Police arrested 25 protesters in support of the Palestinian cause and broke up an encampment declared illegal at UCLA Monday night, a month after officers broke up a weekslong encampment there and arrested hundreds.

The UCLA Police Department said in a statement early Tuesday that about 150 protesters remained at the scene and accused activists of vandalizing university property and disrupting final exams, which are taking place this week.

There has been a flaring of tension on major U.S. college campuses in recent days, weeks after police moved to break up protests across the country, from New York to California, arresting more than 2,000 people.

In a brief statement, Mary Osako, UCLA vice chancellor for strategic communications, said: “Our Students Affairs and Campus Safety teams are on site to help ensure the well-being and safety of our community.”

Police arrived Monday after about 100 people “set up an unauthorized and unlawful encampment with tents, canopies, wooden shields, and water-filled barriers,” at the top of the Janss Steps after 3:15 p.m.

Police called out a dispersal order through a loudspeaker, warning protesters they were part of an “unlawful assembly,” and the group moved on, police said.

“If you remain in the area as described, regardless of your purpose, in remaining you will be in violation of section 409,” the message said. That section of the California Criminal Code carries a potential $1,000 fine and a jail sentence of up to 6 months.

But the group then moved to a new area nearby and attempted to set up a new encampment that included barricades and patio furniture, police said.

Protesters then moved to the courtyard outside Dodd Hall, the scene of violent confrontations between police and protesters, and between rival groups, in late April.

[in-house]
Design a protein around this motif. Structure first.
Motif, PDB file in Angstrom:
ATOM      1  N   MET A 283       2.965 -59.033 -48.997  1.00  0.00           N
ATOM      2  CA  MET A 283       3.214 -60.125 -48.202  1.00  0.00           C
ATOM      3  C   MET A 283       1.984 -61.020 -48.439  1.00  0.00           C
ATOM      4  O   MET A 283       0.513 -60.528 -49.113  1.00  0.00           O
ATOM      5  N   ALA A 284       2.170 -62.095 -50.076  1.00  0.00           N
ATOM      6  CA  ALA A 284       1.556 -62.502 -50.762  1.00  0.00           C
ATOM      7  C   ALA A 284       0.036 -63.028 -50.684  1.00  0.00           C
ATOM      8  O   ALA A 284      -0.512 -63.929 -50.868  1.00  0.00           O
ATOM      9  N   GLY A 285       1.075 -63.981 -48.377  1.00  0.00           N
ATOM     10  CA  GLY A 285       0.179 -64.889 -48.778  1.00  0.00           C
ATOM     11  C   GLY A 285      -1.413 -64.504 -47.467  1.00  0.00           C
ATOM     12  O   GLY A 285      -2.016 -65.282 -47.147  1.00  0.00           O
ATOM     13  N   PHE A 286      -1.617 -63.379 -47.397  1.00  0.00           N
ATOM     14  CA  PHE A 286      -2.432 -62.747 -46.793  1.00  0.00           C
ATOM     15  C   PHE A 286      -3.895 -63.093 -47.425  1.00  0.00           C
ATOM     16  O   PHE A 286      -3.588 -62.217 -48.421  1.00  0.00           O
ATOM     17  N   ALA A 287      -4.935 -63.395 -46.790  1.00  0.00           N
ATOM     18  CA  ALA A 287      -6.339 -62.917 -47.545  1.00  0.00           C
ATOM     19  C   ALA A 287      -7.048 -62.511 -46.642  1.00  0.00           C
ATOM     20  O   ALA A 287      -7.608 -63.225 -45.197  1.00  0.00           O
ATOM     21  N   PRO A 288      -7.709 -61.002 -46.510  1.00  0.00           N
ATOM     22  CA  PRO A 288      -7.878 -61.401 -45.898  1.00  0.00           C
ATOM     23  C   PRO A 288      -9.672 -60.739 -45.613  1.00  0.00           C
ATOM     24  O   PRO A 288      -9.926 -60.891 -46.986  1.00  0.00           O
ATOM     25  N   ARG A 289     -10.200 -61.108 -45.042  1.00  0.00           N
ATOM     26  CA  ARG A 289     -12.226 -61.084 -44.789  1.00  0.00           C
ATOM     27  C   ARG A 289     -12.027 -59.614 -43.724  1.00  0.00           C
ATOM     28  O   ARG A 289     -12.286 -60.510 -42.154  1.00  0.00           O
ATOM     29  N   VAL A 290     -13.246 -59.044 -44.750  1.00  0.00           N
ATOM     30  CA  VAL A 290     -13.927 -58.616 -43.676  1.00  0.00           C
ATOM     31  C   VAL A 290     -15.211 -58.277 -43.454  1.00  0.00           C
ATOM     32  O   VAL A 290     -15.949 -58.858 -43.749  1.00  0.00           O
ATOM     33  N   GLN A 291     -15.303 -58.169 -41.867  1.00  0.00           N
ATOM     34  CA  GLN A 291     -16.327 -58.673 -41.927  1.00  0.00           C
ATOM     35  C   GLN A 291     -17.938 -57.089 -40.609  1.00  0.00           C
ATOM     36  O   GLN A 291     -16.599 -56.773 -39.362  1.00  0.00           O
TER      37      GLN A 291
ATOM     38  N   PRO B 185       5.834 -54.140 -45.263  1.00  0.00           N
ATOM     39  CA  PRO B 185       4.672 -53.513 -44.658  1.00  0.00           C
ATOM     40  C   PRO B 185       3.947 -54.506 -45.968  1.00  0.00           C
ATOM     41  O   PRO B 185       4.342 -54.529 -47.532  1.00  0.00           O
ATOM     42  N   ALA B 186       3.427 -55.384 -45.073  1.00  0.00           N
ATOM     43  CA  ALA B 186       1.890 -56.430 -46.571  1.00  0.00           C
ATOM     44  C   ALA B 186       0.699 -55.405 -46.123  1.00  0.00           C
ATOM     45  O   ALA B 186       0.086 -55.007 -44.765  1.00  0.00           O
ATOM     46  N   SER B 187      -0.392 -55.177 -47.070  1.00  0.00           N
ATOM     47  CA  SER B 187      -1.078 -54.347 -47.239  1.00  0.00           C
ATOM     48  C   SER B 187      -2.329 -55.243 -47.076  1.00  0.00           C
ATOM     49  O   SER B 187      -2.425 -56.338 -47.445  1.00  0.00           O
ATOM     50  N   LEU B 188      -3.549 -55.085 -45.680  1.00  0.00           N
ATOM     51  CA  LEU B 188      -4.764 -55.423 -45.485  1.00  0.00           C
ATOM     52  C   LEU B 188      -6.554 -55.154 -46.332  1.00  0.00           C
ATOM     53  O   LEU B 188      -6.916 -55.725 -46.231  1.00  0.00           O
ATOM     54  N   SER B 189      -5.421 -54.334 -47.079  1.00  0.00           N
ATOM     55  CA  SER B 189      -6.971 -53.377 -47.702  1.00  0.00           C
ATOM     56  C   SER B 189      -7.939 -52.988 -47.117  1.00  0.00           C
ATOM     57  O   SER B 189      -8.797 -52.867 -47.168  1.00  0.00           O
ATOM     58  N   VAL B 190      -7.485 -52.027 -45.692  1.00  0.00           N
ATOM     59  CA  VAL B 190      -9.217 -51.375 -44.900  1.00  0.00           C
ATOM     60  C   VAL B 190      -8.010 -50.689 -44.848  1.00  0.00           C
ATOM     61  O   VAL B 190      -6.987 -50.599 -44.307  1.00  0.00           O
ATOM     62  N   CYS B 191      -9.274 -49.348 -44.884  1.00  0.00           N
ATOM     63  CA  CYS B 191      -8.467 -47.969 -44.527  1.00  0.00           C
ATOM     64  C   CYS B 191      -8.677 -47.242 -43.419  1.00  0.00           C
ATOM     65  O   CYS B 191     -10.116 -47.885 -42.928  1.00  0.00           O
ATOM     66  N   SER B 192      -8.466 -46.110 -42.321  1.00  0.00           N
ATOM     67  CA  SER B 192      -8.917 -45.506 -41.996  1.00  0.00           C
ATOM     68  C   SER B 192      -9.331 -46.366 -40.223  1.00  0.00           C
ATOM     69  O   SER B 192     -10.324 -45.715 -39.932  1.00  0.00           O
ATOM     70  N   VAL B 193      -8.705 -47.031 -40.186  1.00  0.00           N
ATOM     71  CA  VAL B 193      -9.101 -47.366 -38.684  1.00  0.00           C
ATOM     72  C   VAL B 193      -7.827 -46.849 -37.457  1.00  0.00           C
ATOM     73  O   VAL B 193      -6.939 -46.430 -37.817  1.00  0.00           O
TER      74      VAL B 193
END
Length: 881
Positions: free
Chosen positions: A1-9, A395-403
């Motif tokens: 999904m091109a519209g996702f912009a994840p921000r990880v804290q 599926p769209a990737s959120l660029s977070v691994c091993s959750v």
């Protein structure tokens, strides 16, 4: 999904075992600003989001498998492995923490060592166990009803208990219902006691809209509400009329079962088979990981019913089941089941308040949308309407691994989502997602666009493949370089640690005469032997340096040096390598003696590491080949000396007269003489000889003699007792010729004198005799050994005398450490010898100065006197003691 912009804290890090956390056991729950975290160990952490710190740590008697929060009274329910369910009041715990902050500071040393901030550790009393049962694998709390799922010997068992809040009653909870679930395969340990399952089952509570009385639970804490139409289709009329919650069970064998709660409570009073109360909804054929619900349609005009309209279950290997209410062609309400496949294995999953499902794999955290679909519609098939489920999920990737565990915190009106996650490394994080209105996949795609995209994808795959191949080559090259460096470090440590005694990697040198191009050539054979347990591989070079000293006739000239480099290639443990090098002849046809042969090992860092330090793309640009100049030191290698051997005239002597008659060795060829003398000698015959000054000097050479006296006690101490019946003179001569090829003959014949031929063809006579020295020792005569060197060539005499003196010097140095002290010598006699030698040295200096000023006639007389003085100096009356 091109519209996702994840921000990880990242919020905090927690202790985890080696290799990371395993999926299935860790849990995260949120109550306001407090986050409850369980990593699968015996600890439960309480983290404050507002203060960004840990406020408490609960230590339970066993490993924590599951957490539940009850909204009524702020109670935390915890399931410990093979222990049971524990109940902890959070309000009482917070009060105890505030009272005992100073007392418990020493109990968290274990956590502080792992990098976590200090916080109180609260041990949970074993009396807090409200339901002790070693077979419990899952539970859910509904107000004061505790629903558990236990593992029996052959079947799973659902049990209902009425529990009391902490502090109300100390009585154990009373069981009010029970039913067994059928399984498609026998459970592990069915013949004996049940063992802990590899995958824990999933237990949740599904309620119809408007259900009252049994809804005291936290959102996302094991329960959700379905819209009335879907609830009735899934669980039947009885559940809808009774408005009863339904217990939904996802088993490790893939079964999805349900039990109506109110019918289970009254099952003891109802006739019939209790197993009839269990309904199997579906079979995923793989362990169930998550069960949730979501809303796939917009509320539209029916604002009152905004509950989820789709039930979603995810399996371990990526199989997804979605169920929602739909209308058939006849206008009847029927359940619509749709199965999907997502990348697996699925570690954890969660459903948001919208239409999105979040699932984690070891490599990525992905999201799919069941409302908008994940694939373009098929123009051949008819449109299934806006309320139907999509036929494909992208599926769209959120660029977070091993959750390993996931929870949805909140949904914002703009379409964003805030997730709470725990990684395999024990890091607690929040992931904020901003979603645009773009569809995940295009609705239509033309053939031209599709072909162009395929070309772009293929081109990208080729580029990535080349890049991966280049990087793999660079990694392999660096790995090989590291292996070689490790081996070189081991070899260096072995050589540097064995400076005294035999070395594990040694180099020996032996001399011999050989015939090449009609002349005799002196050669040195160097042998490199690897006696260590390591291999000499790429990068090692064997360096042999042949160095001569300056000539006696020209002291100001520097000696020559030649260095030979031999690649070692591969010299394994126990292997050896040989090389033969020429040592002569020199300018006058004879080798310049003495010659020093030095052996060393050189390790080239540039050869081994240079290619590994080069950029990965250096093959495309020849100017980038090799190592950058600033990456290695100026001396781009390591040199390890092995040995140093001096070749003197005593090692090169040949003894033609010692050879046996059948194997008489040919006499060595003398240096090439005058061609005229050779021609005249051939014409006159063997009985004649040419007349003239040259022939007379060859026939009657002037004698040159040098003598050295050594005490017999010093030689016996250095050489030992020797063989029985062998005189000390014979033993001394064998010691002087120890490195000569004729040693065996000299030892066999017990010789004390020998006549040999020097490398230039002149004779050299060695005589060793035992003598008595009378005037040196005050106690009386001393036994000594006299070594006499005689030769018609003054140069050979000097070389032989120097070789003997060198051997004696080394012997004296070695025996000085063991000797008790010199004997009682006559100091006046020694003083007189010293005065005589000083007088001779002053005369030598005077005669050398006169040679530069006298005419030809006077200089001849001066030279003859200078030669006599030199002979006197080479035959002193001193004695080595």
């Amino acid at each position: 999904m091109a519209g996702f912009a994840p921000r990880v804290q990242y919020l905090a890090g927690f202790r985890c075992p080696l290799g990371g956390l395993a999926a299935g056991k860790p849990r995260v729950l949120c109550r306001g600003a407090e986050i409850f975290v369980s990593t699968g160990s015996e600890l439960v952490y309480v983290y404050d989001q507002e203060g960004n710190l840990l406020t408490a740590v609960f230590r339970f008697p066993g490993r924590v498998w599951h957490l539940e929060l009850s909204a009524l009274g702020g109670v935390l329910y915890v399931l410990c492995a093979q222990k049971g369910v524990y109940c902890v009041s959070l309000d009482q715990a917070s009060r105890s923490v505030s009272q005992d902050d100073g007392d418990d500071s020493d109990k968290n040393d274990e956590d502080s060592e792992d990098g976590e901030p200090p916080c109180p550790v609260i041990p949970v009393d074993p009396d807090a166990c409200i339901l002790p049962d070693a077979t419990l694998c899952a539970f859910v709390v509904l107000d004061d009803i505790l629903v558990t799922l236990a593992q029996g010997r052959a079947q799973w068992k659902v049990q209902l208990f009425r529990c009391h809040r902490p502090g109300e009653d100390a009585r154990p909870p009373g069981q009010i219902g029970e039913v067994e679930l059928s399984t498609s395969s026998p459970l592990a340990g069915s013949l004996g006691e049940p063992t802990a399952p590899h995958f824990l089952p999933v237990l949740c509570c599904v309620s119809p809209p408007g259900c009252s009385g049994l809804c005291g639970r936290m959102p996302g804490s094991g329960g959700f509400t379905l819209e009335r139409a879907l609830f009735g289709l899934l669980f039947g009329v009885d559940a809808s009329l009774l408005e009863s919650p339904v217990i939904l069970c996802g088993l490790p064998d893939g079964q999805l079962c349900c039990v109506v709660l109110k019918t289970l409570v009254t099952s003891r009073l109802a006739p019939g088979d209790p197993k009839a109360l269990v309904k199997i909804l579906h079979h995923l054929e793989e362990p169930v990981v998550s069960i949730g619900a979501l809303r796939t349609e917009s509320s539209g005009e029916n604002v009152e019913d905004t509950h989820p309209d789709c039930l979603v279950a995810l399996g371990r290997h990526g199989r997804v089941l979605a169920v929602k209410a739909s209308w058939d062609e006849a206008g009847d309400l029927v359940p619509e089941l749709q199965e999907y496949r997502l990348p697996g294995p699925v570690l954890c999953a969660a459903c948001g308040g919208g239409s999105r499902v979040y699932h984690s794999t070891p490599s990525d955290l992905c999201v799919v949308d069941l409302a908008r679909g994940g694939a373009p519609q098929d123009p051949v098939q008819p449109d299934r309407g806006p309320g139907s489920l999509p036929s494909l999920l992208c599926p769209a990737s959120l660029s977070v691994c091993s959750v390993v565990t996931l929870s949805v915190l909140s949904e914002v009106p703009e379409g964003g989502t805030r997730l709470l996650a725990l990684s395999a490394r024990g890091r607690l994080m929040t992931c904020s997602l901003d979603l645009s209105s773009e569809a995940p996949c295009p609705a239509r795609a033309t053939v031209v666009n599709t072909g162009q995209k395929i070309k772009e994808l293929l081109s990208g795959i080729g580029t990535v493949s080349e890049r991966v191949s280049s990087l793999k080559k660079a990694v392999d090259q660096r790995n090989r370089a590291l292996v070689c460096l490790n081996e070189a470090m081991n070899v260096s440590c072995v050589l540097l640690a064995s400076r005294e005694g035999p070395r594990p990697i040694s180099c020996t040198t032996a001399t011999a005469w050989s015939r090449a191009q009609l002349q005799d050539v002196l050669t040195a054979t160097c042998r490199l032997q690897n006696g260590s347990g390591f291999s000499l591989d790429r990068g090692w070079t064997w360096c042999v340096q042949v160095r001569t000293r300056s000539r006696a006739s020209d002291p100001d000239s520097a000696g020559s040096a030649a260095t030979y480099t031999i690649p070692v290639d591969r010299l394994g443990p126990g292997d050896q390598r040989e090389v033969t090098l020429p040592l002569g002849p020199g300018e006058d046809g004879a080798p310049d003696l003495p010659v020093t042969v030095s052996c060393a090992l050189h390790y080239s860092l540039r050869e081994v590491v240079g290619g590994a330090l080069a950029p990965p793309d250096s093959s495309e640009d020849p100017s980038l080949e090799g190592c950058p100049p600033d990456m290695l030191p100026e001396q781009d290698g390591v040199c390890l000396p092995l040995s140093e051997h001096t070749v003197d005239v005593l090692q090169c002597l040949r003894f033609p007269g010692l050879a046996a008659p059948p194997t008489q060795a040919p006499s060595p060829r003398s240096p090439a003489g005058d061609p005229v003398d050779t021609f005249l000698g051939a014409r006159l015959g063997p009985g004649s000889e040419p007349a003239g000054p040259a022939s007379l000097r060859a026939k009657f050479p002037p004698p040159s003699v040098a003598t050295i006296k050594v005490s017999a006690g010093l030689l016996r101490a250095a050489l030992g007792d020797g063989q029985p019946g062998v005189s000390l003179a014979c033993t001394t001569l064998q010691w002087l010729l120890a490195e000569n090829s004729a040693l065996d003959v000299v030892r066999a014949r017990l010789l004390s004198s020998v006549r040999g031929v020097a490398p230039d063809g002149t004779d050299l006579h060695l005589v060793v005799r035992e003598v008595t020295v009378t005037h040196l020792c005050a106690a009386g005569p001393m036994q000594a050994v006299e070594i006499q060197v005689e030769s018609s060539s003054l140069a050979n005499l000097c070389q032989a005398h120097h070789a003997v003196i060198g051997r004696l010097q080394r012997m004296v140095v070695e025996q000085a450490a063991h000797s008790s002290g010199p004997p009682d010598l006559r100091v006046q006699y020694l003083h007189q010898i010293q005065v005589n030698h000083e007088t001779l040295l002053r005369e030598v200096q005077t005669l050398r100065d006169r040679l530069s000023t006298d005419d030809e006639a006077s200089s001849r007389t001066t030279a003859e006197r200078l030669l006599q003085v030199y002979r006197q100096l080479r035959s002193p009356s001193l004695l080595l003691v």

Video shared by the UCLA Faculty Association showed a female protester in the courtyard with a loudspeaker shouting, “No racist police!” before she was grabbed and taken to the ground by officers in riot gear. The association called on college leaders to “desist from using police violence against students and employees.”

The arrests happened around 8 p.m. after protesters began reading out the names of thousands of Palestinians said to have died in Israeli military action in Gaza. They were arrested on suspicion of willfully disrupting college operations, a crime that carries a potential six-month jail sentence, and ordered to stay away from the campus for 14 days.

College newspaper the Daily Bruin shared footage of a standoff between campus police, city police, California Highway Patrol officers and protesters at 11:43 p.m.

“We just want you to free our people,” one protester says in that video, apparently referring to those taken into custody. “There’s a genocide going on and you guys are arresting and brutalizing students!” another cries.

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